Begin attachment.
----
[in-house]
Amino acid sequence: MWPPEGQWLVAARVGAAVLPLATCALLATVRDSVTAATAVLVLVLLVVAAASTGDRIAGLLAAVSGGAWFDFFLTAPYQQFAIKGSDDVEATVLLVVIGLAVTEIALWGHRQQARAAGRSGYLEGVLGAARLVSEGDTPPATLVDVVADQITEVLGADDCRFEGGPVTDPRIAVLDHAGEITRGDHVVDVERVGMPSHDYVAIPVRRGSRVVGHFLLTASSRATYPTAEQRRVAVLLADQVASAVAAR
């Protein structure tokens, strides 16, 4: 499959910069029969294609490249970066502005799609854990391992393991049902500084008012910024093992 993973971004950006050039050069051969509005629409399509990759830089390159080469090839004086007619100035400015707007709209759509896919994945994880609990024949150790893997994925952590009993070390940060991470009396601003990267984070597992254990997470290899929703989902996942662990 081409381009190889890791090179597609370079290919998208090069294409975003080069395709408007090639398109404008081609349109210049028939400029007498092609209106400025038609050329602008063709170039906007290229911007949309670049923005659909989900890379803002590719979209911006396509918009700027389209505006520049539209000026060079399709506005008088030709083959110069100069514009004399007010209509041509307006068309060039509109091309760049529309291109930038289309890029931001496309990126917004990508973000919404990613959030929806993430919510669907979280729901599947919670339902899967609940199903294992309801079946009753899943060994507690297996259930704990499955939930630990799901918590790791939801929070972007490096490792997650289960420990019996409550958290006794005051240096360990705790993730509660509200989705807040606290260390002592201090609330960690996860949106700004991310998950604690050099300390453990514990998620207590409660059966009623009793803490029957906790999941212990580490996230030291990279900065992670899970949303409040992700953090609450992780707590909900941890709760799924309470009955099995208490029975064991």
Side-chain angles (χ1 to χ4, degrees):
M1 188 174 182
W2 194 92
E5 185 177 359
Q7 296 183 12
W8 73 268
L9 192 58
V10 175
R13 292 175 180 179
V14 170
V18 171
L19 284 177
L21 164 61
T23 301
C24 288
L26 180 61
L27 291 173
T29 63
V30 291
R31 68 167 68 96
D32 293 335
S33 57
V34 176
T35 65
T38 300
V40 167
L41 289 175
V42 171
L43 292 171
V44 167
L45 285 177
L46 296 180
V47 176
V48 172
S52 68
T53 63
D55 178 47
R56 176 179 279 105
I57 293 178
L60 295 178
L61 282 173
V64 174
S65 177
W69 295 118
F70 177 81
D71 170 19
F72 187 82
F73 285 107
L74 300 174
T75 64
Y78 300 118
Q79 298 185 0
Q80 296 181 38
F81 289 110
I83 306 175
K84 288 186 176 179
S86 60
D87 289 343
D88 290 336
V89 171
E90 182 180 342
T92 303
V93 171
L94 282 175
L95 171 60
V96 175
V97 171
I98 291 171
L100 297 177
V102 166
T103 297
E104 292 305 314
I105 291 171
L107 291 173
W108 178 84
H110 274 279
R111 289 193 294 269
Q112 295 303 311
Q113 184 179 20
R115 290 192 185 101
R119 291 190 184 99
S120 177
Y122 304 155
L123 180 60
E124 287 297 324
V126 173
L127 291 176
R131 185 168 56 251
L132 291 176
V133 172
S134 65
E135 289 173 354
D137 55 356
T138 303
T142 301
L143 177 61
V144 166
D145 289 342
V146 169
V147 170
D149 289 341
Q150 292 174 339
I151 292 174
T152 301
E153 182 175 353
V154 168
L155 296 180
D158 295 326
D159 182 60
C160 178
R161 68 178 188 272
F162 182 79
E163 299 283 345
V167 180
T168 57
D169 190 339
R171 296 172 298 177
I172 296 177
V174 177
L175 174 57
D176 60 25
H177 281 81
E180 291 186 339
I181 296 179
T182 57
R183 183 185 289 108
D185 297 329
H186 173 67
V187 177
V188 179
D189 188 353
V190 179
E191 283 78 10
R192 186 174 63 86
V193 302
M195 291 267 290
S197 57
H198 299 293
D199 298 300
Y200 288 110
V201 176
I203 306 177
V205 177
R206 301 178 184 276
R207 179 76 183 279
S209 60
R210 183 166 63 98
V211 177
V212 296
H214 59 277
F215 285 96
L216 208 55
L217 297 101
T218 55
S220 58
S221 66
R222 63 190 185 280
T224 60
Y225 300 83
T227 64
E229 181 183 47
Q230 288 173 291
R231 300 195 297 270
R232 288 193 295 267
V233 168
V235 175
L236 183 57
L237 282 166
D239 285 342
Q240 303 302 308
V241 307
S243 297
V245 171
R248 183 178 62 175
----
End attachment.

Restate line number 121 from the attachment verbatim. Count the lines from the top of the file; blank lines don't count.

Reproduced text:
I172 296 177